With last night’s Golden Globes, the Awards Season feels like it’s underway properly. It was a mostly unsurprising night for awards, with only a few wins that felt entirely unpredictable. Let’s break down the evening:
Certainly the least surprising story from the night was just how well Damien Chazelle’s musical La La Land performed. Most people predicted its win in the Best Musical or Comedy, and while I would have loved to see Sing Street win, it had no chance. It was also highly likely that both Ryan Gosling and Emma Stone would take home the prizes for Best Actor and Actress in a Musical or Comedy respectively. Again, the competition wasn’t outstanding, with only Colin Farrell for The Lobster and Meryl Streep for Florence Foster Jenkins posing any kind of threat. The same can be said for Best Score and Best Original Song: almost nothing else could compete (especially seeing as how the Globes nominated songs from Sing over Sing Street).
However, Damien Chazelle took home two huge wins for Best Director and Best Screenplay. While he was a solid bet for Best Director (Barry Jenkins seemed to be his biggest threat), defeating both Jenkins and Kenneth Lonergan for Best Screenplay was hugely unexpected. Lonergan’s screenplay for drama Manchester by the Sea has taken home almost every Screenplay award so far; will this be the case at the Oscars?
One of the most exciting parts of the night was seeing just how unpredictable the drama categories are shaping up. In the big win of the night, Barry Jenkin’s coming-of-age drama Moonlight defeated Hell or High Water and Manchester by the Sea for Best Drama. Gaining a huge amount of momentum, Moonlight seems to be the only rival to La La Land at the moment. The Oscars famously love films about Hollywood and infamously don’t tend to favour black filmmakers, so it’s going to be a close call on the night.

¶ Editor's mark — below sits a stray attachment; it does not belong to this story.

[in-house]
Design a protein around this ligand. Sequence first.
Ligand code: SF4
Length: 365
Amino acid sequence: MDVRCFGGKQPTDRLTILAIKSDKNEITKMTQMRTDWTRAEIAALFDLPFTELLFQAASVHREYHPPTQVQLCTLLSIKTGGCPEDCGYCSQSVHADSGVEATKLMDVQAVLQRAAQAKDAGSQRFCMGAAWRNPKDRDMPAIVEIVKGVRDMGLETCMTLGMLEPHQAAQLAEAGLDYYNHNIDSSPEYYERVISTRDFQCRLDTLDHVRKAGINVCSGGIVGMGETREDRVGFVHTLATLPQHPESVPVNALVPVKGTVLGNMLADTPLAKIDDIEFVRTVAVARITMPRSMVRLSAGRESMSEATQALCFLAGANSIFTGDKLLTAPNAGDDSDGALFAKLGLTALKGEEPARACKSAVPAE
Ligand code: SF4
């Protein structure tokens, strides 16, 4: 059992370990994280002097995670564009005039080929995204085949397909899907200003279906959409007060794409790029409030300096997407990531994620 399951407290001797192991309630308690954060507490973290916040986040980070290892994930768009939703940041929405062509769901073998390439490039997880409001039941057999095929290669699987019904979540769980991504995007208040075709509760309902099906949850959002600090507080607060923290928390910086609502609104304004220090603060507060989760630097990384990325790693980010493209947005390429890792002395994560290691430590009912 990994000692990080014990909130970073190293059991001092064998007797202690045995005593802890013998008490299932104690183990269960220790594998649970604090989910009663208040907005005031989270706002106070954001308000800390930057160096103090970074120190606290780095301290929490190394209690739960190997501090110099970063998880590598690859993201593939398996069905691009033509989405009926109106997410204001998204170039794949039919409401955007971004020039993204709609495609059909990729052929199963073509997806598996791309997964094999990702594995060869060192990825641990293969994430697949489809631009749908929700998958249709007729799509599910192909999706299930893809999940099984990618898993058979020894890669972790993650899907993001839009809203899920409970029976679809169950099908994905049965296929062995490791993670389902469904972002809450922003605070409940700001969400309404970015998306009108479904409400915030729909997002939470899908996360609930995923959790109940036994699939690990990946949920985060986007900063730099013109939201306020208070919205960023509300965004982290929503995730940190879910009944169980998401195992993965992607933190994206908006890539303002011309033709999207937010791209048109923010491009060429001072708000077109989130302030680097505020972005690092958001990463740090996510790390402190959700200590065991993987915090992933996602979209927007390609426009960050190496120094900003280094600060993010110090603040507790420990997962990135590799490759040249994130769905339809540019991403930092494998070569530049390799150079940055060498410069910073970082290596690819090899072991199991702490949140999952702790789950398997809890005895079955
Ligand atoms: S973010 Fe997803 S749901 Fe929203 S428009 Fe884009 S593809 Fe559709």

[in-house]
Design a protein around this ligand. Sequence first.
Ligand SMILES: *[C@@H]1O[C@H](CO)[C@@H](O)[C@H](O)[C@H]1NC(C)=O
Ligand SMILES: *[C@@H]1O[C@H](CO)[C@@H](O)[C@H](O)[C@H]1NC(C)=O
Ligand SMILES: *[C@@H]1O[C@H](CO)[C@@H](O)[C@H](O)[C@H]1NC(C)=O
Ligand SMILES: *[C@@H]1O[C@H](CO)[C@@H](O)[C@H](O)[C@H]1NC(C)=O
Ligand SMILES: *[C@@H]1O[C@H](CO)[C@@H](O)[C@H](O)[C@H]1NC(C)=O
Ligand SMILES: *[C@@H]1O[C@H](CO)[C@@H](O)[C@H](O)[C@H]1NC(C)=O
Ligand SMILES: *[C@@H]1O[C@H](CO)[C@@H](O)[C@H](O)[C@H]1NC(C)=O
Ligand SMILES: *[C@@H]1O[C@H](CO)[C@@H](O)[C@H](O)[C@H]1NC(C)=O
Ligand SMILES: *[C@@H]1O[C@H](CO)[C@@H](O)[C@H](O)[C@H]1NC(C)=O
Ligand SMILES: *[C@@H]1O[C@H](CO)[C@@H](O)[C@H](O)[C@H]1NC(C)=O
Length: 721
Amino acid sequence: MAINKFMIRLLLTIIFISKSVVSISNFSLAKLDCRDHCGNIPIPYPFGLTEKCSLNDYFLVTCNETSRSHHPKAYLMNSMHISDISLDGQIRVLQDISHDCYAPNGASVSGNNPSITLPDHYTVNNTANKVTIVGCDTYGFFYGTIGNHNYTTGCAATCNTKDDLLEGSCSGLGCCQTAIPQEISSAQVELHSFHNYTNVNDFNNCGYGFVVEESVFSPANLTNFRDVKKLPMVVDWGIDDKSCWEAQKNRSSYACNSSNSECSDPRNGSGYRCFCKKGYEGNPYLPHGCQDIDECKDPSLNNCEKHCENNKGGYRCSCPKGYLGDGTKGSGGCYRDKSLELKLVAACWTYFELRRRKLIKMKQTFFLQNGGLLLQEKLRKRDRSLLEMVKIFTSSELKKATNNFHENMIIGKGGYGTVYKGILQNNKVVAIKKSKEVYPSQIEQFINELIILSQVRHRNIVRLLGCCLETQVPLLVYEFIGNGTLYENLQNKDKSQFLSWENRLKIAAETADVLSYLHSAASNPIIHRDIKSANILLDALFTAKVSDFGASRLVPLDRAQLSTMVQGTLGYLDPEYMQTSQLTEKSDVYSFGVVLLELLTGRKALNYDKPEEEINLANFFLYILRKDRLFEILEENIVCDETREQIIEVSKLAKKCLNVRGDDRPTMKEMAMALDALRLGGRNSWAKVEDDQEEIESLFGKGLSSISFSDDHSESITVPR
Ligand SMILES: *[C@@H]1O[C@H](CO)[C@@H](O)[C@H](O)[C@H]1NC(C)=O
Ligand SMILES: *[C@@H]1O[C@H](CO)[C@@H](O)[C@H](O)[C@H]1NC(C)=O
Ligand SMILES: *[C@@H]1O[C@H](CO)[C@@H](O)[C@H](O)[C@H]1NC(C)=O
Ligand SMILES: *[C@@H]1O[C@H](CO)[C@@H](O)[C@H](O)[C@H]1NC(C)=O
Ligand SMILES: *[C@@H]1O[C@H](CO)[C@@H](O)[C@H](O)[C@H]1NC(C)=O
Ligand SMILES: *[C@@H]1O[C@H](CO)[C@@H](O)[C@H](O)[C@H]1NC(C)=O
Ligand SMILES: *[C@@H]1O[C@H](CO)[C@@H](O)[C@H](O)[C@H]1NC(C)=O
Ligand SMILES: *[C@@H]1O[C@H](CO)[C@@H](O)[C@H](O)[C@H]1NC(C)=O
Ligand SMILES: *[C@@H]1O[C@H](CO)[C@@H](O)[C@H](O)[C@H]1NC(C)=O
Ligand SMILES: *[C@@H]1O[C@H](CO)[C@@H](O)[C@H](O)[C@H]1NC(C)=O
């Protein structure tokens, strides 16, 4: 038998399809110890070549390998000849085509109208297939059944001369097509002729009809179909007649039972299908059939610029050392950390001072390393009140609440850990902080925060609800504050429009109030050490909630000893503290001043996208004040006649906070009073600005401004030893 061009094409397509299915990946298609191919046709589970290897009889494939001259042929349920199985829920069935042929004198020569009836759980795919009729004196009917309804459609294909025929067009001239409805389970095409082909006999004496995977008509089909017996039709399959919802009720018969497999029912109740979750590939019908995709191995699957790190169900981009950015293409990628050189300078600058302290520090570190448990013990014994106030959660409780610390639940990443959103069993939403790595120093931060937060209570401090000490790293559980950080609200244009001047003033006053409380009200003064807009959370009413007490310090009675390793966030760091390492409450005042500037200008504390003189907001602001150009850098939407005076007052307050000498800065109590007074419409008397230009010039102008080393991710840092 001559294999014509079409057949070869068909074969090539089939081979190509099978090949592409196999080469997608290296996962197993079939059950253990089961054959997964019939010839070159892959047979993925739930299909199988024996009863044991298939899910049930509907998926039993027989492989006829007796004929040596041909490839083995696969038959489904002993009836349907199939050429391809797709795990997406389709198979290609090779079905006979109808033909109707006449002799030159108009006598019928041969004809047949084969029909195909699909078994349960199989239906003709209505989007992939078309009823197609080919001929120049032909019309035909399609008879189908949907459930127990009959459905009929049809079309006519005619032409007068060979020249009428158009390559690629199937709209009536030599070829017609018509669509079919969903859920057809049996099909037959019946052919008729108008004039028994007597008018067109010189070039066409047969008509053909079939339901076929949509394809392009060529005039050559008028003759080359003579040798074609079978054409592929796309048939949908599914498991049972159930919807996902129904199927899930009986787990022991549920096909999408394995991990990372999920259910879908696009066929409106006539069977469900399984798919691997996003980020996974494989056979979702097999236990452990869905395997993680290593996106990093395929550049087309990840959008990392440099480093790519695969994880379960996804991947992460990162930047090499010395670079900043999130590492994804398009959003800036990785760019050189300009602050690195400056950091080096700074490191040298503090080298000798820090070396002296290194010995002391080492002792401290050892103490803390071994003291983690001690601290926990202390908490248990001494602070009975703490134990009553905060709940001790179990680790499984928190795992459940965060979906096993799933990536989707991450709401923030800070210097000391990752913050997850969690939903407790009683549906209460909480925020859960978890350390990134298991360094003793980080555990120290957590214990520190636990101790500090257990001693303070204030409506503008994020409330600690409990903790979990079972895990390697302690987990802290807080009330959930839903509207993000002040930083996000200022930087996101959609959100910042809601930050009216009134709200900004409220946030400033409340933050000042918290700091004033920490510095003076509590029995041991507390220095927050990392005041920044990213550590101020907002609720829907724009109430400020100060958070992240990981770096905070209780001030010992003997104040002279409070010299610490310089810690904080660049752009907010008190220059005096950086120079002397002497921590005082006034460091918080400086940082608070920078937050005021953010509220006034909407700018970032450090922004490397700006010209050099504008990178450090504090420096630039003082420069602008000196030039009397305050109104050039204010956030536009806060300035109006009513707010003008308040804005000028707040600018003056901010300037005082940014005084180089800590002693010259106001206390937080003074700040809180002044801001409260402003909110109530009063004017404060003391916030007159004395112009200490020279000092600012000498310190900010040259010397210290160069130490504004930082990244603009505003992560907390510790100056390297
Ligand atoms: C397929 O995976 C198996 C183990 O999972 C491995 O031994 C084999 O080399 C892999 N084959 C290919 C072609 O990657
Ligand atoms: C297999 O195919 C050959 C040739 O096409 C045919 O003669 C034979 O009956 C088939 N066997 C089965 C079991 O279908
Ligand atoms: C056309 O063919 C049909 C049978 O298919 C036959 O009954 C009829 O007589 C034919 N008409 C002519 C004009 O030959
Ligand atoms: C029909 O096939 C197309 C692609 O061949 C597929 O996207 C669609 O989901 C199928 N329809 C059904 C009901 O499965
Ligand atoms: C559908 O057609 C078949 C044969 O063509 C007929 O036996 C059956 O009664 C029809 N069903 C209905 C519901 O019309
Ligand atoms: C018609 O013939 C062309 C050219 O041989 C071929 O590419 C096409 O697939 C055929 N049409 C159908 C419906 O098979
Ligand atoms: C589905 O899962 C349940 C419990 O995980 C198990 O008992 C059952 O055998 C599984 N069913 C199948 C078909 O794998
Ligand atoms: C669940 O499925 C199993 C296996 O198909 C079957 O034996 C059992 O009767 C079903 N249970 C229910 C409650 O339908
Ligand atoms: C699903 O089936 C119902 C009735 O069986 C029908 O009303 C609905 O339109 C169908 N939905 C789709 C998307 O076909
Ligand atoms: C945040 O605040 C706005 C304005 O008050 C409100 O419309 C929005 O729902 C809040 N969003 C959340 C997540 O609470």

While Casey Affleck was the favourite to win Best Actor in a Drama, almost nobody predicted Isabelle Huppert would defeat heavyweights Amy Adams and Natalie Portman to win Best Actress for her performance in the disturbing French drama Elle. Some weren’t even sure she’d get an Oscar nomination, so this has definitely gained her a lot of buzz. Even more unexpected was Aaron Taylor-Johnson winning Best Supporting Actor for Nocturnal Animals. I recently gave Taylor-Johnson the same prize, but I think almost everybody assumed the award was going to Mahershala Ali for Moonlight. It was less surprising to see Viola Davis win Best Supporting Actress for Fences; only Michelle Williams seems to stand between Davis and an Oscar now.
In the two other films awards, Zootopia deservedly won Best Animated Feature (Kubo and the Two Strings would have been a worthy winner, but wasn’t it surprising that Pixar didn’t get nominated?), while Elle somewhat unexpectedly defeated Toni Erdmann for Best Foreign Language Film. It would have been nice to see Divines win, but it was a competitive category all round.
Despite having no bearing on the Oscars, it was still interesting to see which way the Globes went in terms of TV awards. The Night Manager looks set to sweep the BAFTAs after winning the Miniseries awards for Best Actor, Best Supporting Actor and Best Supporting Actress, while Netflix once again achieved success with a Best Drama win for The Crown. The People vs. OJ Simpson proved to be a big hit, winning Best Miniseries and Best Actress for Sarah Paulson.